It’s imperative to have a centrally-located space that is devoid of stimulating experiences. It needs to be quiet, out of a high traffic area but walkable to key locations. It needs to give the neurodivergent person autonomy over their environment. All of us have different sensory needs so identifying what your biggest triggers are and asking your leadership to accommodate those needs with very specific asks is imperative. My boss knew I get overstimulated and offered a space I could use proactively. If you have a relationship with your boss where you feel safe doing so, make sure they know your needs. Good leaders will listen and empathize with your needs as valid — because they are. Great leaders will be thoughtful enough to anticipate accommodations once they know your needs.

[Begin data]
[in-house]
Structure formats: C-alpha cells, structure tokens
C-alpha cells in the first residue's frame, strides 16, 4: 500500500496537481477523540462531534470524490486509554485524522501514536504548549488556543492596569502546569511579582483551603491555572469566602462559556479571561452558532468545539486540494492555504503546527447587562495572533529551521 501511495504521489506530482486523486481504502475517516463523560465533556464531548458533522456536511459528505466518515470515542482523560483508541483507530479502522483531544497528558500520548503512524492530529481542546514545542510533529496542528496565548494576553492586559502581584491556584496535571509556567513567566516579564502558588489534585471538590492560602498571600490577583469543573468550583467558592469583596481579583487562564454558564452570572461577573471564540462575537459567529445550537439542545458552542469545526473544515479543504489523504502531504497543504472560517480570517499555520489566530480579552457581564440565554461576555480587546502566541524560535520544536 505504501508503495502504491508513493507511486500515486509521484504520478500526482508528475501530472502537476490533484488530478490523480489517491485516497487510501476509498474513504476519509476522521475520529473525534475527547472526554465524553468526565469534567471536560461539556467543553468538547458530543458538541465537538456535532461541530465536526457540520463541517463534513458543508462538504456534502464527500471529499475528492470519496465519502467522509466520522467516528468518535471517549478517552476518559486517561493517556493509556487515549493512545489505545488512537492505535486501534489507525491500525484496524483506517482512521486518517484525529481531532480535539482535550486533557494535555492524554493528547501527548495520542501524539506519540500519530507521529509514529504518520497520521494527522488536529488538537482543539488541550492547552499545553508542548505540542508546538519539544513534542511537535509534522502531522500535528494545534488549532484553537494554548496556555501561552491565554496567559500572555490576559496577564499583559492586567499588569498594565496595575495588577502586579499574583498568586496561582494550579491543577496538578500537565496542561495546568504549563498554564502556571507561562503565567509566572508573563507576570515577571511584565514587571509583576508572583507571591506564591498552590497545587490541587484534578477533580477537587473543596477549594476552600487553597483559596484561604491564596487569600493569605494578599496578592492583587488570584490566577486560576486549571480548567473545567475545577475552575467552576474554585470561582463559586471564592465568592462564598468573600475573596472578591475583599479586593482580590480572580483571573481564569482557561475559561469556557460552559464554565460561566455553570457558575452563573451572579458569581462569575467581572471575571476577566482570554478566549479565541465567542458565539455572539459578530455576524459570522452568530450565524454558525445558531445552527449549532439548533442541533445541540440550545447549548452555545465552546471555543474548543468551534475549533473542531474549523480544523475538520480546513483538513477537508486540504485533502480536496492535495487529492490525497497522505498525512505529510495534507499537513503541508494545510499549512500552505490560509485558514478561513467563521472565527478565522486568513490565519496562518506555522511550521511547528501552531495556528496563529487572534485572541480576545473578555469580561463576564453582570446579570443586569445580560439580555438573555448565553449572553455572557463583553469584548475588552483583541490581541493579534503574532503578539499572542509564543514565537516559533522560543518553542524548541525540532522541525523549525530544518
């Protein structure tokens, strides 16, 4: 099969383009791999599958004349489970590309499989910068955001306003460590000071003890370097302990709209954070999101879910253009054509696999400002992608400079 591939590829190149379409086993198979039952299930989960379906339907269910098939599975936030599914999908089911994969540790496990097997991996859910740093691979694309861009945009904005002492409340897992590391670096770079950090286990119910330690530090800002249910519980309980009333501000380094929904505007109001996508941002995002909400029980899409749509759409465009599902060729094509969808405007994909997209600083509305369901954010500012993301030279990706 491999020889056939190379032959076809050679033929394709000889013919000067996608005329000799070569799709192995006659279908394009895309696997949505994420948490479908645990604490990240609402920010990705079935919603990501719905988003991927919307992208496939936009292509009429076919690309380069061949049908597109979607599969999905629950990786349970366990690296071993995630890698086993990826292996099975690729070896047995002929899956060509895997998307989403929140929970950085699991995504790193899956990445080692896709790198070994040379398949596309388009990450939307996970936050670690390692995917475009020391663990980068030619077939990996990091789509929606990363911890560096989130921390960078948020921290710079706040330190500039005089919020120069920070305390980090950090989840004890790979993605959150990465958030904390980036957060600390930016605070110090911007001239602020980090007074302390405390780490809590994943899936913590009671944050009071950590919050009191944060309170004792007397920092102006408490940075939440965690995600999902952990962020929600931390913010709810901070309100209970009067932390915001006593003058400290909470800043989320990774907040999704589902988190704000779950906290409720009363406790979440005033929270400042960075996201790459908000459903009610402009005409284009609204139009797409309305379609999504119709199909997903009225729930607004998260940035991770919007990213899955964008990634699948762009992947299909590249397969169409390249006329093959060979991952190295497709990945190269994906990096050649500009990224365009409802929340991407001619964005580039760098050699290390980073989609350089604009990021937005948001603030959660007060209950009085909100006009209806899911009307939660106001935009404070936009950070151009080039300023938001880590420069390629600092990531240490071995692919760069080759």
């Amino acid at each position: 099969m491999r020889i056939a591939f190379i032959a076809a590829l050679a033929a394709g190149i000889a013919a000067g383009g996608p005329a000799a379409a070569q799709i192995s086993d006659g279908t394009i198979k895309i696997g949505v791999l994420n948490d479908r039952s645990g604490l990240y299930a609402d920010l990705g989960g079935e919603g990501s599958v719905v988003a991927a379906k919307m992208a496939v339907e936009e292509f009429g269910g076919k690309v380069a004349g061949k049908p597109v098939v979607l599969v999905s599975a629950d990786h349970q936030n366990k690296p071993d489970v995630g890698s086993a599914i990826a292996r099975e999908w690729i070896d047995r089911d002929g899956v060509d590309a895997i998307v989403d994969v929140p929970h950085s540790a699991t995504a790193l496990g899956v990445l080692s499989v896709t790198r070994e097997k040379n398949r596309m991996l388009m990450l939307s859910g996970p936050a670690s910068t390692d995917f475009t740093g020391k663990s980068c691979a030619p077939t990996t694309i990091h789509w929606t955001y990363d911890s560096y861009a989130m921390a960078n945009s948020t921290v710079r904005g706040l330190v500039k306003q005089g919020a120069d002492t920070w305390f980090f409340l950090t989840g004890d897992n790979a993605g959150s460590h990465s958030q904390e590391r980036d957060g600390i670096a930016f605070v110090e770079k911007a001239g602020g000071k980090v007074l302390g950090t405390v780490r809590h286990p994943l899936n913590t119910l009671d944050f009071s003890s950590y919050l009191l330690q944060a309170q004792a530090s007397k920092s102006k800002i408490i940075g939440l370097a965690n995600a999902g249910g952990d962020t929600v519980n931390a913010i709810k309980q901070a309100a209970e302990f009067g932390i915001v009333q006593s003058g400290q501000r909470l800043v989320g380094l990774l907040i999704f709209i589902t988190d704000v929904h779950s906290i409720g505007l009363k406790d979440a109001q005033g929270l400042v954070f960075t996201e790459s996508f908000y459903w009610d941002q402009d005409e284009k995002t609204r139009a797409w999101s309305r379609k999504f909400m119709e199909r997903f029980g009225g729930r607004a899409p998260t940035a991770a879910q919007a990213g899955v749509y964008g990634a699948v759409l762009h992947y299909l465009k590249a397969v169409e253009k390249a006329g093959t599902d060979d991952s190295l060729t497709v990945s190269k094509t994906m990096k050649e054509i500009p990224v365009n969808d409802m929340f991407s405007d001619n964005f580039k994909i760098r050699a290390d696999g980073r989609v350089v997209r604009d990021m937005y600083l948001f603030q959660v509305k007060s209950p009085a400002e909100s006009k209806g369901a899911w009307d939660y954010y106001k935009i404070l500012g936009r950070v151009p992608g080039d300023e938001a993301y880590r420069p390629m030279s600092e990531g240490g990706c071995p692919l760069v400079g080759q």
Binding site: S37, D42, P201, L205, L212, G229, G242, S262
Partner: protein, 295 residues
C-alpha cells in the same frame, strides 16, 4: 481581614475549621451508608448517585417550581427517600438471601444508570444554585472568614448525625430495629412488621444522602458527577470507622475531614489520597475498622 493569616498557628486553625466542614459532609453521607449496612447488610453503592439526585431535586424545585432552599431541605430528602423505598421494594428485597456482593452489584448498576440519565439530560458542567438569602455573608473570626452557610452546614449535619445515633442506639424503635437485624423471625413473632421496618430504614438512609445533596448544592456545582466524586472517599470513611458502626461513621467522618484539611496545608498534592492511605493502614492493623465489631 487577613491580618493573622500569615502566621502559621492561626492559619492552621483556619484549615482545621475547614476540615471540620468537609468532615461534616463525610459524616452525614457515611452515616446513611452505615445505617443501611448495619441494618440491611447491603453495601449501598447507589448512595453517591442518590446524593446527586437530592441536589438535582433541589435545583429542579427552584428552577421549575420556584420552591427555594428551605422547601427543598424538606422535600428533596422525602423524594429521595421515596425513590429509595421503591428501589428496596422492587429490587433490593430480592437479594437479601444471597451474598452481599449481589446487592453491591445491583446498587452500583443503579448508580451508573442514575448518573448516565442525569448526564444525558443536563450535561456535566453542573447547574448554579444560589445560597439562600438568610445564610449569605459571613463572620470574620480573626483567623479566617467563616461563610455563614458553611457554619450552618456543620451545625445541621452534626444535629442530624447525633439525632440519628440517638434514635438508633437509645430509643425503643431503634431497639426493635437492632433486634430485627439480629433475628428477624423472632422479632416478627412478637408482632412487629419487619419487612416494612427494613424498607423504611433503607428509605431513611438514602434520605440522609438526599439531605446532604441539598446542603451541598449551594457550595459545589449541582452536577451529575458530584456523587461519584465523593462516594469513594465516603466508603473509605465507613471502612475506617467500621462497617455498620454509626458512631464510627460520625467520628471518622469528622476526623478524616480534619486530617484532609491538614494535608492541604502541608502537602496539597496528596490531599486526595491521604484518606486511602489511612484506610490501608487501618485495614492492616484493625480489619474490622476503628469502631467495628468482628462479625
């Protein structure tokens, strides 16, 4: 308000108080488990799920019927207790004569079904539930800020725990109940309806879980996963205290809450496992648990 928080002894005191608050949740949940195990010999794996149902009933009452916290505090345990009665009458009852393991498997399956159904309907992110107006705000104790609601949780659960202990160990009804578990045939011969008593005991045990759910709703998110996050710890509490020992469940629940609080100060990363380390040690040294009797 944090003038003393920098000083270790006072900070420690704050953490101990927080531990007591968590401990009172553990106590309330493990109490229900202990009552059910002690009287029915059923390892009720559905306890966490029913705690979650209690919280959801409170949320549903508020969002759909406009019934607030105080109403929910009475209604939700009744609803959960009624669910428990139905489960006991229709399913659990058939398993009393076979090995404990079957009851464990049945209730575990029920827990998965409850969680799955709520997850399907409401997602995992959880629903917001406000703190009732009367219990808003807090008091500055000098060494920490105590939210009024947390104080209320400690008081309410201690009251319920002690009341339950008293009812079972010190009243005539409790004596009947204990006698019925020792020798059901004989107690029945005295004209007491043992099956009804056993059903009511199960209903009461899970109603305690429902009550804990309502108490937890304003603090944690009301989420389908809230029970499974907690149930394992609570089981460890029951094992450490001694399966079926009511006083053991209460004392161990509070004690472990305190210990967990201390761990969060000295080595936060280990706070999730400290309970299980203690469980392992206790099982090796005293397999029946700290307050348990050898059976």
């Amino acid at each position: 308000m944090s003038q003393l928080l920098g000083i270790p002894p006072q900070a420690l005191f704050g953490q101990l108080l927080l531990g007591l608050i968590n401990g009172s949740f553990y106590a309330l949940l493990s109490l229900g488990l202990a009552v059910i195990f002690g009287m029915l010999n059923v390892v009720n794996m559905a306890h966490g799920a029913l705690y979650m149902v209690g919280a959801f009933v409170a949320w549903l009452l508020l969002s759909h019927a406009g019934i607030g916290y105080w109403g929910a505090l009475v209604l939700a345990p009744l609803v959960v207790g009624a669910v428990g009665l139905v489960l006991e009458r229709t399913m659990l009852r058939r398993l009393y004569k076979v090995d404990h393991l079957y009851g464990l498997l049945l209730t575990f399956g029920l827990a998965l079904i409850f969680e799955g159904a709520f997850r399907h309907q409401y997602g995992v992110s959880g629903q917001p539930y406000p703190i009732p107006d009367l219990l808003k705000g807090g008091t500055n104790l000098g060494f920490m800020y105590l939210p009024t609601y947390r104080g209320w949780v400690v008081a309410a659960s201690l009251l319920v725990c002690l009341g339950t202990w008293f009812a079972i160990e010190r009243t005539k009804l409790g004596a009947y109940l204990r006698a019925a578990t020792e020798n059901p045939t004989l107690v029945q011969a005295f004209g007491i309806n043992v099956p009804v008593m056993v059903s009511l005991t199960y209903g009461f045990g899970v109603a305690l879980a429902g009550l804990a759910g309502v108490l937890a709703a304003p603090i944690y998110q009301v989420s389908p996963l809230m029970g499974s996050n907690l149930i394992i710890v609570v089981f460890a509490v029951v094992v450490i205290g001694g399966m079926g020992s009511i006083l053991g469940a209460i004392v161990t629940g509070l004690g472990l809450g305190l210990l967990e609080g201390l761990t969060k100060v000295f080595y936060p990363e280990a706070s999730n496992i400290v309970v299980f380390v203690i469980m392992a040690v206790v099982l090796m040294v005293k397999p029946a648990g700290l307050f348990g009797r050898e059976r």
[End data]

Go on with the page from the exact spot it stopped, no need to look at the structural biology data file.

Sensory tools
That said, you should also bring sensory tools for when you can’t control your environment . Sound and heat are my biggest sensory sensitivities. I carried my Seinheser Noise Canceling Headphones with me everywhere and listened to a Brown Noise playlist to drown out everything around me when I was alone or in transit. My large headphones signal to others that I’m not available to speak and avoids extra socializing which I can’t always afford to do.

If you’re not autistic and reading this: I promise we’re not being rude when doing this. It’s an act of self preservation. Recognizing sensory and social boundaries as valid are one simple way you can be more inclusive to us.

Rachel is wearing a checkered dress sitting on a couch wearing over the ear headphones

My Ear Loops also came with me to all social engagements — they flatten sounds to be less sharp and drown out ambient noise. Many dinners and meetings were made decently accessible just by wearing them because I had less audible inputs.